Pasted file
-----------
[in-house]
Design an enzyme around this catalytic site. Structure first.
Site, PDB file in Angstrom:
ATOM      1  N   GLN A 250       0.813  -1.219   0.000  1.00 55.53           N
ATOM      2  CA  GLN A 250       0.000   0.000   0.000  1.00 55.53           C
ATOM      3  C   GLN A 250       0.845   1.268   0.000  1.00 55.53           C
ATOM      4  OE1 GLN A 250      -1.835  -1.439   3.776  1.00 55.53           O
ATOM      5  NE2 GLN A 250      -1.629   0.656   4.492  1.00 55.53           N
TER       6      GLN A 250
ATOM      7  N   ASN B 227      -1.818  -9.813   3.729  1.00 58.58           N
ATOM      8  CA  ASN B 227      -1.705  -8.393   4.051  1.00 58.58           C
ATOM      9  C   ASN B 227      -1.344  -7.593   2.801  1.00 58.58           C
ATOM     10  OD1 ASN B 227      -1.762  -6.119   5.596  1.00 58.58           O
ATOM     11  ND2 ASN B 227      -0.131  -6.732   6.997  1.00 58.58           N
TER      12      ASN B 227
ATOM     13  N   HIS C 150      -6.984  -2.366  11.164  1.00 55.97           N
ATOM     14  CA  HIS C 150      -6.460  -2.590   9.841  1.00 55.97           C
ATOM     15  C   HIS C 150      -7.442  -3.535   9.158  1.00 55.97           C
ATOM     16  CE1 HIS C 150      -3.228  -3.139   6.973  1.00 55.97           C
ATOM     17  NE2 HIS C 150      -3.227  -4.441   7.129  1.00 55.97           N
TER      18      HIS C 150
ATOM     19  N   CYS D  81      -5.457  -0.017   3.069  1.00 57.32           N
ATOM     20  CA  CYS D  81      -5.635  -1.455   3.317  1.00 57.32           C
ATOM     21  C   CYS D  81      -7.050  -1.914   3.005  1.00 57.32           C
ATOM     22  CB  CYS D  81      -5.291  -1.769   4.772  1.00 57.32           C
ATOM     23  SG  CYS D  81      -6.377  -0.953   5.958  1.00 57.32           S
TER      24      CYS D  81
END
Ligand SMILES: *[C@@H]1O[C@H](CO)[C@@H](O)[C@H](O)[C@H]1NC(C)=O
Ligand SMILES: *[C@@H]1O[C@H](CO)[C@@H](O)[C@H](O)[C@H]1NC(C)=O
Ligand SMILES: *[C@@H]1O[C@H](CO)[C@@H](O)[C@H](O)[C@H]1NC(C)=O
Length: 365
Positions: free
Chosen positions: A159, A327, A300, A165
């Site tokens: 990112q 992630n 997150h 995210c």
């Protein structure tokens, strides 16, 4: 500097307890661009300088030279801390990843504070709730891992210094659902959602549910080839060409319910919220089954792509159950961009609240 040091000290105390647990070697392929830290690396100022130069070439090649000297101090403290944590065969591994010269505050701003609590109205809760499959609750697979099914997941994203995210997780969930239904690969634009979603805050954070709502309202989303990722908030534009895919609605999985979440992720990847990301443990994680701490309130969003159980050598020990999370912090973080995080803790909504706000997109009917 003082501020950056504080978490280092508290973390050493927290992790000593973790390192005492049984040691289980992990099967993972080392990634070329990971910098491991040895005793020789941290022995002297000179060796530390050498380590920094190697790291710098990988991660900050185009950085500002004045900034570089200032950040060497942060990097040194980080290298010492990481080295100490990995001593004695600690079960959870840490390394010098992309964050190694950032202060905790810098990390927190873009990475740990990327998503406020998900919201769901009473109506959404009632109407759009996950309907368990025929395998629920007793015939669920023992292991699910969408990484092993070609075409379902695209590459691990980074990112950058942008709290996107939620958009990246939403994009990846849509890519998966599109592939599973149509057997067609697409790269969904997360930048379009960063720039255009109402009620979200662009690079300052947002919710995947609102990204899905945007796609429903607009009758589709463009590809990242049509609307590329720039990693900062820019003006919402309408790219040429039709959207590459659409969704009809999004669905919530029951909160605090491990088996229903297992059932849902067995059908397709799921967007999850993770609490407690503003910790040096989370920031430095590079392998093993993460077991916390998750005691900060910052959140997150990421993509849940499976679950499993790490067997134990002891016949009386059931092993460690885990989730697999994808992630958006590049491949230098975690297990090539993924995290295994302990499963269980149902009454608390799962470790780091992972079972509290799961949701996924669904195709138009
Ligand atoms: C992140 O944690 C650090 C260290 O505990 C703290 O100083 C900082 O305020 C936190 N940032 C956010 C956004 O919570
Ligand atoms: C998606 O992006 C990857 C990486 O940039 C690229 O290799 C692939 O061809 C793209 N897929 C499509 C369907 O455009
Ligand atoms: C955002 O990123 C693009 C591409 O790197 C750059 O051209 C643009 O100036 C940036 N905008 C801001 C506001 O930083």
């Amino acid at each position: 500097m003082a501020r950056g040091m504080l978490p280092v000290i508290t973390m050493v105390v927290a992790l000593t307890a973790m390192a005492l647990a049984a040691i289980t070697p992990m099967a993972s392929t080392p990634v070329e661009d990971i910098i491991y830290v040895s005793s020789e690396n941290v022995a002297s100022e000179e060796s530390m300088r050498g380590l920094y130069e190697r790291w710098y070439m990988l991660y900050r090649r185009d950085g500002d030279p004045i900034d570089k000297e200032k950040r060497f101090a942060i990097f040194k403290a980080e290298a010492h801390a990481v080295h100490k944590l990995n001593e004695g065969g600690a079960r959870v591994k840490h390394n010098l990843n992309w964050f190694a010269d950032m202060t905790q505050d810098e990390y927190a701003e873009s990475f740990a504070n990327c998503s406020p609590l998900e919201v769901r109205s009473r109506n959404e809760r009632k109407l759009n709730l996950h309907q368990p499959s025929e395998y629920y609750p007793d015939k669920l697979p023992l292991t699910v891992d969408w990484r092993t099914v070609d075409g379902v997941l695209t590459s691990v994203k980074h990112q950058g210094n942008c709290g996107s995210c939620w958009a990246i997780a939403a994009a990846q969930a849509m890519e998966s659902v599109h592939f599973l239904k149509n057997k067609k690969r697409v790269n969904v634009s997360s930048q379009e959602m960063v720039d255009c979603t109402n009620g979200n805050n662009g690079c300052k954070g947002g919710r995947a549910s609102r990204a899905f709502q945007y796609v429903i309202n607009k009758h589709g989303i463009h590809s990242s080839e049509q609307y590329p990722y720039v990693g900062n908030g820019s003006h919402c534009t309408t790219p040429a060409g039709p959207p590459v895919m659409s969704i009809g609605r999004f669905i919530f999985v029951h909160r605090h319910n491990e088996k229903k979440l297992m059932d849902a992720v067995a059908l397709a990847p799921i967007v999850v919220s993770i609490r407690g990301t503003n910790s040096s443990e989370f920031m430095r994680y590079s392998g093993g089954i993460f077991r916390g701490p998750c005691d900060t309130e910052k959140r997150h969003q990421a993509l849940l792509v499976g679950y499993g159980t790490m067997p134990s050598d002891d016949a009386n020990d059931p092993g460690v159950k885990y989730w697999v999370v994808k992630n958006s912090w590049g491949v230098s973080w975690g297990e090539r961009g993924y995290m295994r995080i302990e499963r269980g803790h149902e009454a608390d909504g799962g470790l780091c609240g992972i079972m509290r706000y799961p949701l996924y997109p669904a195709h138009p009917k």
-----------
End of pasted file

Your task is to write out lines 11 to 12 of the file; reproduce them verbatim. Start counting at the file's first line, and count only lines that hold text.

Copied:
ATOM      8  CA  ASN B 227      -1.705  -8.393   4.051  1.00 58.58           C
ATOM      9  C   ASN B 227      -1.344  -7.593   2.801  1.00 58.58           C